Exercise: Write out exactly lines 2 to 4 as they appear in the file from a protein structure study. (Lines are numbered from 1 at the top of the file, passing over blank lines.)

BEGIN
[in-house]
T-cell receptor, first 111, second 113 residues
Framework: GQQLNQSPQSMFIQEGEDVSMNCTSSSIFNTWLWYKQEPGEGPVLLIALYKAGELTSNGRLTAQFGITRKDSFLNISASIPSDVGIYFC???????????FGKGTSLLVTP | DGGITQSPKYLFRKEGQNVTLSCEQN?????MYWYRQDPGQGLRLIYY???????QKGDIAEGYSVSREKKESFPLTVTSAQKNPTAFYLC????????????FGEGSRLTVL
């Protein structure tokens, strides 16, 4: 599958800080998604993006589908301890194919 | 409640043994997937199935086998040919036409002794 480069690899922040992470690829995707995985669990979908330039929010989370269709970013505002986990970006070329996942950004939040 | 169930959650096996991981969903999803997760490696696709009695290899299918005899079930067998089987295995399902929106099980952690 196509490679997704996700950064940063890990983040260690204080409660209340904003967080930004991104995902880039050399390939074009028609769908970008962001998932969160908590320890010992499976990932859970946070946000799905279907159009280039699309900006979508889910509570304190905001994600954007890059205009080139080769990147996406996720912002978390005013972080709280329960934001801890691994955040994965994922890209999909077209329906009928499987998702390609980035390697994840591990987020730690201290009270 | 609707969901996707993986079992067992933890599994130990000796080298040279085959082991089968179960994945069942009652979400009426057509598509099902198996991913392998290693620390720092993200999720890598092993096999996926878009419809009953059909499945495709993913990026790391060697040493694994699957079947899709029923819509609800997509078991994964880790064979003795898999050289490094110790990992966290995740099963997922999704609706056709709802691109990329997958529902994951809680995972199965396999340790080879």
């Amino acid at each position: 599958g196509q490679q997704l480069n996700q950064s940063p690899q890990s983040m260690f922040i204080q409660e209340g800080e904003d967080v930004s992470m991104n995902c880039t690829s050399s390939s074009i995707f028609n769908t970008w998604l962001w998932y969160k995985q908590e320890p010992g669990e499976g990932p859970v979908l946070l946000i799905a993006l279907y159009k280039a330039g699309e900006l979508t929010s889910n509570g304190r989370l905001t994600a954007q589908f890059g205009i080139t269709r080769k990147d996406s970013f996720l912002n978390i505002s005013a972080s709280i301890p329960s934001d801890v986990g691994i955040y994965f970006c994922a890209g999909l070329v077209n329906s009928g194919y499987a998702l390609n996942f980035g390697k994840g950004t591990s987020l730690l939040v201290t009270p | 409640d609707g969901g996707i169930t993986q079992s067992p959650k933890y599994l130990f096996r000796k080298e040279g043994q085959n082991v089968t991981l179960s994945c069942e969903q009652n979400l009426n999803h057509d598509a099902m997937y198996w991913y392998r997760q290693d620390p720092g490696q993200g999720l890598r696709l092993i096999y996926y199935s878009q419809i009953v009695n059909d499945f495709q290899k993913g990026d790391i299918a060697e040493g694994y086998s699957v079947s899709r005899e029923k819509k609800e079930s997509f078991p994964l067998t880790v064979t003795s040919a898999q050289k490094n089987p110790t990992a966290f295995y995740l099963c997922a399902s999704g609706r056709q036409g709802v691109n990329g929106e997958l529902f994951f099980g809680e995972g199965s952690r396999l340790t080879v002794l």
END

T-cell receptor, first 111, second 113 residues
Framework: GQQLNQSPQSMFIQEGEDVSMNCTSSSIFNTWLWYKQEPGEGPVLLIALYKAGELTSNGRLTAQFGITRKDSFLNISASIPSDVGIYFC???????????FGKGTSLLVTP | DGGITQSPKYLFRKEGQNVTLSCEQN?????MYWYRQDPGQGLRLIYY???????QKGDIAEGYSVSREKKESFPLTVTSAQKNPTAFYLC????????????FGEGSRLTVL
């Protein structure tokens, strides 16, 4: 599958800080998604993006589908301890194919 | 409640043994997937199935086998040919036409002794 480069690899922040992470690829995707995985669990979908330039929010989370269709970013505002986990970006070329996942950004939040 | 169930959650096996991981969903999803997760490696696709009695290899299918005899079930067998089987295995399902929106099980952690 196509490679997704996700950064940063890990983040260690204080409660209340904003967080930004991104995902880039050399390939074009028609769908970008962001998932969160908590320890010992499976990932859970946070946000799905279907159009280039699309900006979508889910509570304190905001994600954007890059205009080139080769990147996406996720912002978390005013972080709280329960934001801890691994955040994965994922890209999909077209329906009928499987998702390609980035390697994840591990987020730690201290009270 | 609707969901996707993986079992067992933890599994130990000796080298040279085959082991089968179960994945069942009652979400009426057509598509099902198996991913392998290693620390720092993200999720890598092993096999996926878009419809009953059909499945495709993913990026790391060697040493694994699957079947899709029923819509609800997509078991994964880790064979003795898999050289490094110790990992966290995740099963997922999704609706056709709802691109990329997958529902994951809680995972199965396999340790080879």